“He’s going to be a really good tool for this facility, and he will help keep the inmate populous safe and our staff safe,” said Captain of Operations Joe Costanzo, who is spearheading the new initiative.

Jail Superintendent Ross Cunningham said he hopes Mack will be a deterrent to people who might otherwise consider smuggling drugs into the jail. Keeping the correctional facility clean of all contraband is the ultimate goal of the program, he said, while noting that the presence of drugs continues to be a problem.

Certain inmates with a history of illicit drug use during previous jail stays are among those put on “dry tank status” upon admission, so that staff can closely monitor them. The inmates who use drugs will most often conceal and swallow them within a deflated balloon or store them in a body cavity, making it difficult for corrections officials to detect banned substances.

Cunningham said there are other tools the jail could use to detect contraband, such as X-ray scanners, and while the scanners haven’t been ruled out, they’re a far more costly solution. One body scanner costs roughly $200,000.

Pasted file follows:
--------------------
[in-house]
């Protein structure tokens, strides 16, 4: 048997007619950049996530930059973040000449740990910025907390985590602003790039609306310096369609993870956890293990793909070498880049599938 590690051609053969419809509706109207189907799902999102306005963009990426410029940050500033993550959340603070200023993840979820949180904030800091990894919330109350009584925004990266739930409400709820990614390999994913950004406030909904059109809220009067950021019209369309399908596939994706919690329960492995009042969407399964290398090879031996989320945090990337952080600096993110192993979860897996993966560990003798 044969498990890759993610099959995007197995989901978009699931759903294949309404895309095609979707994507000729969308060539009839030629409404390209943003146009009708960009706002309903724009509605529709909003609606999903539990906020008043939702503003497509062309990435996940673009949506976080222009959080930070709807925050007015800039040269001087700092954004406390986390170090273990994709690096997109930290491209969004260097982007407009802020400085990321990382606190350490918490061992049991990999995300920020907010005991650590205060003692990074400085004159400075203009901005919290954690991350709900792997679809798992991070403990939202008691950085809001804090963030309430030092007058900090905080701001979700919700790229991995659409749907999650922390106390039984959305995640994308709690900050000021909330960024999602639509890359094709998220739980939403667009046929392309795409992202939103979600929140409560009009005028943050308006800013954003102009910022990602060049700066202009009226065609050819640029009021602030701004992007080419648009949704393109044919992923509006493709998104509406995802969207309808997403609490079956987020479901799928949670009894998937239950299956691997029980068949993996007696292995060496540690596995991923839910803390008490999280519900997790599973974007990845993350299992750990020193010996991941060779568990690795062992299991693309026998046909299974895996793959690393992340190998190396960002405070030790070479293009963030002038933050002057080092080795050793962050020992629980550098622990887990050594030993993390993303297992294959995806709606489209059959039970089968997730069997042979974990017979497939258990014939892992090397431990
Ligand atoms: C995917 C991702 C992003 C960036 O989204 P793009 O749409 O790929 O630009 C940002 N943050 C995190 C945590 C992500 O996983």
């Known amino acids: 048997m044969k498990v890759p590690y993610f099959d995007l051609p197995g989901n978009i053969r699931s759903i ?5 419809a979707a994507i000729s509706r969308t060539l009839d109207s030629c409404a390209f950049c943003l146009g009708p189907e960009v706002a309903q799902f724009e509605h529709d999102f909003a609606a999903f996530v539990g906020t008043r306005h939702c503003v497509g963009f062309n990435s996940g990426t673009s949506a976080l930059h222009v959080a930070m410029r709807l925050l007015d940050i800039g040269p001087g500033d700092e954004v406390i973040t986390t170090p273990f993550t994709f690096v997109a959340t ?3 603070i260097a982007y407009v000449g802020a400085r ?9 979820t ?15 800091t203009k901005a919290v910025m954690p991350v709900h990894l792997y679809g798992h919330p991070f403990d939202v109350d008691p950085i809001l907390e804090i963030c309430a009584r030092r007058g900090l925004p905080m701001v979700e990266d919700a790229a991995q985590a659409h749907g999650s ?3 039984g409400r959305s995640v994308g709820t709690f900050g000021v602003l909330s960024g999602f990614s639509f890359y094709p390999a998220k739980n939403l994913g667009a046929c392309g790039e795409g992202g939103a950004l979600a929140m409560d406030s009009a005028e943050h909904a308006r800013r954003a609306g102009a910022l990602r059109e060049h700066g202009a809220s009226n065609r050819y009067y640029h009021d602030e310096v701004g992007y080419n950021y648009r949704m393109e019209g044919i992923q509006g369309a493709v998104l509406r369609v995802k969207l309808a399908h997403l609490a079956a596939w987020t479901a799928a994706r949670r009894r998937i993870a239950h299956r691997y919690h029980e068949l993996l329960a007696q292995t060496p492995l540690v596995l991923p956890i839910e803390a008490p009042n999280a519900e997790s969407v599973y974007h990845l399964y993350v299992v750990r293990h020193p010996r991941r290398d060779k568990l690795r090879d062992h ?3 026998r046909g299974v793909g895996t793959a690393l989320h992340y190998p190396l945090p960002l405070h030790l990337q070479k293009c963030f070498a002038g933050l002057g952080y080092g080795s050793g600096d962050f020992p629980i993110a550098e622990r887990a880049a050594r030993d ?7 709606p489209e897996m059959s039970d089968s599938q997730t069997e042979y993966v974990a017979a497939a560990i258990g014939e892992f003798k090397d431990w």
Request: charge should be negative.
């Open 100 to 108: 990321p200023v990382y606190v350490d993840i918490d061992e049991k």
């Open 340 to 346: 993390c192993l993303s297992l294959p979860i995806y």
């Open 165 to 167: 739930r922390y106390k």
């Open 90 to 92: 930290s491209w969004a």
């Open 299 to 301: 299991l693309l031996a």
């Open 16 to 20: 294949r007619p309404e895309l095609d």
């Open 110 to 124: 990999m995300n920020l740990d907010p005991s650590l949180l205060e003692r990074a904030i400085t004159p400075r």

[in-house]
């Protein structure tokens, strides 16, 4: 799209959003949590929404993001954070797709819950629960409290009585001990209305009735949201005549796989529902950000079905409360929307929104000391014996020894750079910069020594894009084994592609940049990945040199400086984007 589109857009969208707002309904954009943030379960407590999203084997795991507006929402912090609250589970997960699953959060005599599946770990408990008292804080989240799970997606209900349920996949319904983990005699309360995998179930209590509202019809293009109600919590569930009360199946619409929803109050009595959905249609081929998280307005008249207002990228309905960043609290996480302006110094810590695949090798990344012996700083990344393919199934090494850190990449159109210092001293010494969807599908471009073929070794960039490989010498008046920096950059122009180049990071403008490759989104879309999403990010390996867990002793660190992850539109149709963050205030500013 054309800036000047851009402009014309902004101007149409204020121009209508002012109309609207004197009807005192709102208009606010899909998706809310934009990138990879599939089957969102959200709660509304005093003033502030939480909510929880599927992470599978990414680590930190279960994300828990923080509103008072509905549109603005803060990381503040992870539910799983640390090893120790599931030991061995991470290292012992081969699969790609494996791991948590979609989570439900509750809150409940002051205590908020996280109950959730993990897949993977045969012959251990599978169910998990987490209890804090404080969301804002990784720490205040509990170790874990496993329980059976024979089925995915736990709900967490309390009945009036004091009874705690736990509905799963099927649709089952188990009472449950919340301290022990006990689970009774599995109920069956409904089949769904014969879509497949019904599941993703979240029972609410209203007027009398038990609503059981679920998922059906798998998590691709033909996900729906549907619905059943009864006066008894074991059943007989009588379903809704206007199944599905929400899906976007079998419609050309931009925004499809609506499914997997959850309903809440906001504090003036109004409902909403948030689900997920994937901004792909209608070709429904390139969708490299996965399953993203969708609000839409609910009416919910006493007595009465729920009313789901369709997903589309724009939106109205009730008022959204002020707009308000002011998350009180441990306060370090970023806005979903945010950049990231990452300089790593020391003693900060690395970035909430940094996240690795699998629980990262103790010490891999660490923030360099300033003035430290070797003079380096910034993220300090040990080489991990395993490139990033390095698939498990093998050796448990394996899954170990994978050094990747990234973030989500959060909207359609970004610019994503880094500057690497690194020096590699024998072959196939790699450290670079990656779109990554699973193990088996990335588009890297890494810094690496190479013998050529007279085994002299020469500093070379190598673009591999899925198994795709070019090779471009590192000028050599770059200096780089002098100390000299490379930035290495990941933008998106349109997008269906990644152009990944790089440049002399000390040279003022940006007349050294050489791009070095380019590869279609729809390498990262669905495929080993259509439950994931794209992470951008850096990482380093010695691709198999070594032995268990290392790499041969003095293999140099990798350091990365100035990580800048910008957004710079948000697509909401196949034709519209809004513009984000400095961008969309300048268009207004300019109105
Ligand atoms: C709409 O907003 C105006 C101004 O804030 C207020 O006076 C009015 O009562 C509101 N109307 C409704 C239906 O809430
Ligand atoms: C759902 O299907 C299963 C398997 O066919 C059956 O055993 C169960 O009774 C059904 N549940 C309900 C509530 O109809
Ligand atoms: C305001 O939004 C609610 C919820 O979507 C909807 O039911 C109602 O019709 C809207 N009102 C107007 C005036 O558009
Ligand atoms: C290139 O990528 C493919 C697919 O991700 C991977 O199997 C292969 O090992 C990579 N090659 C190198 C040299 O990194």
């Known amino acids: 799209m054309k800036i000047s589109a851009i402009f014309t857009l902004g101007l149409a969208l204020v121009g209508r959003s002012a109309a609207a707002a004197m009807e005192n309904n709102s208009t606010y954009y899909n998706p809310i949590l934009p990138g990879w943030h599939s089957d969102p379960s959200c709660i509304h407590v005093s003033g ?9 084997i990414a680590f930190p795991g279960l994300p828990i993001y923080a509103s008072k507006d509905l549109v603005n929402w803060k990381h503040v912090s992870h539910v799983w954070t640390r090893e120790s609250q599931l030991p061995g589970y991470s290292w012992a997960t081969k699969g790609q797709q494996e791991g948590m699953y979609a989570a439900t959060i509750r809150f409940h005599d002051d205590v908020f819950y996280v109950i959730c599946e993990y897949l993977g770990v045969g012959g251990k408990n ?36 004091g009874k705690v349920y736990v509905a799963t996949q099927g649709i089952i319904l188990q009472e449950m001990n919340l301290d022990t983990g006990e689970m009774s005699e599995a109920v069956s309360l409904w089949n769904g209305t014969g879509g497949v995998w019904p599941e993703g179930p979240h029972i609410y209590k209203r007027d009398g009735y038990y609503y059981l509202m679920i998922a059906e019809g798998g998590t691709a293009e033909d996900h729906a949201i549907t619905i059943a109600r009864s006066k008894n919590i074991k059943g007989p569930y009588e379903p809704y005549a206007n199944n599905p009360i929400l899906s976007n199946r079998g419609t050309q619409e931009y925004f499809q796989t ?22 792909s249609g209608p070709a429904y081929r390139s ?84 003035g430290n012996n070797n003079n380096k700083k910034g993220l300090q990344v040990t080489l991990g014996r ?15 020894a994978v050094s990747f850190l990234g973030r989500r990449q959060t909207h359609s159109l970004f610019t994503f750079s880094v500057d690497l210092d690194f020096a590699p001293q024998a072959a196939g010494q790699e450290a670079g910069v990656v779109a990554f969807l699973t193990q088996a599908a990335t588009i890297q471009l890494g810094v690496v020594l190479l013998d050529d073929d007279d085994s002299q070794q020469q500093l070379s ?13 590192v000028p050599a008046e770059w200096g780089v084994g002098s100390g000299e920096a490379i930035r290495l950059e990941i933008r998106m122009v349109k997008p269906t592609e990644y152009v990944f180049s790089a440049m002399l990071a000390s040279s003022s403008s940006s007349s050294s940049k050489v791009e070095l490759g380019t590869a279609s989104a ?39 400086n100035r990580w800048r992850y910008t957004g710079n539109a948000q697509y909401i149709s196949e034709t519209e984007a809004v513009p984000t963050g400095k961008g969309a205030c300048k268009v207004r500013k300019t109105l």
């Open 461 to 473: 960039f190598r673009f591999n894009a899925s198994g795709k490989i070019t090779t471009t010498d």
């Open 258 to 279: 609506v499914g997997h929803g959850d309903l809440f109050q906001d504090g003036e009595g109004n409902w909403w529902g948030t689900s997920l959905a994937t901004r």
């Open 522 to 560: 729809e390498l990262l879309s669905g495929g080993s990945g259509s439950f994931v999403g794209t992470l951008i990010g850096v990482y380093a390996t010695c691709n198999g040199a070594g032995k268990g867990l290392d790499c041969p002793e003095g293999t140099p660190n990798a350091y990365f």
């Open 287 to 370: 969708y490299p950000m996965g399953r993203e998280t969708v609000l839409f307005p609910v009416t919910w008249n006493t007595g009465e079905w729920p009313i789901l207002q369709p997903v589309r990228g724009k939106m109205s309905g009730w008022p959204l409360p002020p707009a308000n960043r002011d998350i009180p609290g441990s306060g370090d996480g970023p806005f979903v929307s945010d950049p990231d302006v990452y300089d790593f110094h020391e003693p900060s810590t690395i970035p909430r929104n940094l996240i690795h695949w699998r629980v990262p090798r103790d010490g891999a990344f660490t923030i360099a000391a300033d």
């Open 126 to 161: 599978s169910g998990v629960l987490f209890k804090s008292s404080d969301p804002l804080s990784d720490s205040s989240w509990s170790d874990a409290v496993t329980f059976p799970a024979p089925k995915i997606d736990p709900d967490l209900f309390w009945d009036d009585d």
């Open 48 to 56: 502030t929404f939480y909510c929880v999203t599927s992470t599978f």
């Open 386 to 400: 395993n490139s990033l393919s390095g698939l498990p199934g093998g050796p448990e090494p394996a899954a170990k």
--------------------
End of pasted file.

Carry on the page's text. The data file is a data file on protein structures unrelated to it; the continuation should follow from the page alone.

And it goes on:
“We’re methodically moving our way through it, starting with the dog program and, perhaps, there are other things that we can put in place long-term,” he said.

Once trained, Mack will also be available to all county jails in the state who may request his services. Other jail superintendents have already expressed an interest in Merrimack County’s program, which was made possible by grant funding.

The state’s department of justice awarded the county a $25,000 grant for the program’s startup and to help finance Mack’s trips to and from other correctional facilities. The grant, which is derived from federal funds, will pay for Mack, his training, his handlers’ training and his living space. Officials say they will assess annual program costs and the best way to finance them as part of the next budget cycle. The program will operate with existing staff.

The initiative in Merrimack County piggybacks off of a similar program spearheaded by the New Hampshire Department of Corrections this past fall. When Commissioner William Wrenn requested grant funding for two dogs to patrol the state’s three prisons and 11 district probation/parole offices, state officials wanted to open up the opportunity to county jails interested in a dog program, said Tom Kaempfer, director of the grants management unit at the state’s attorney general’s office. Merrimack County jumped on board, and when no other jail expressed an interest in starting its own program, the county offered to expand its initial concept and provide assistance to other facilities, he said.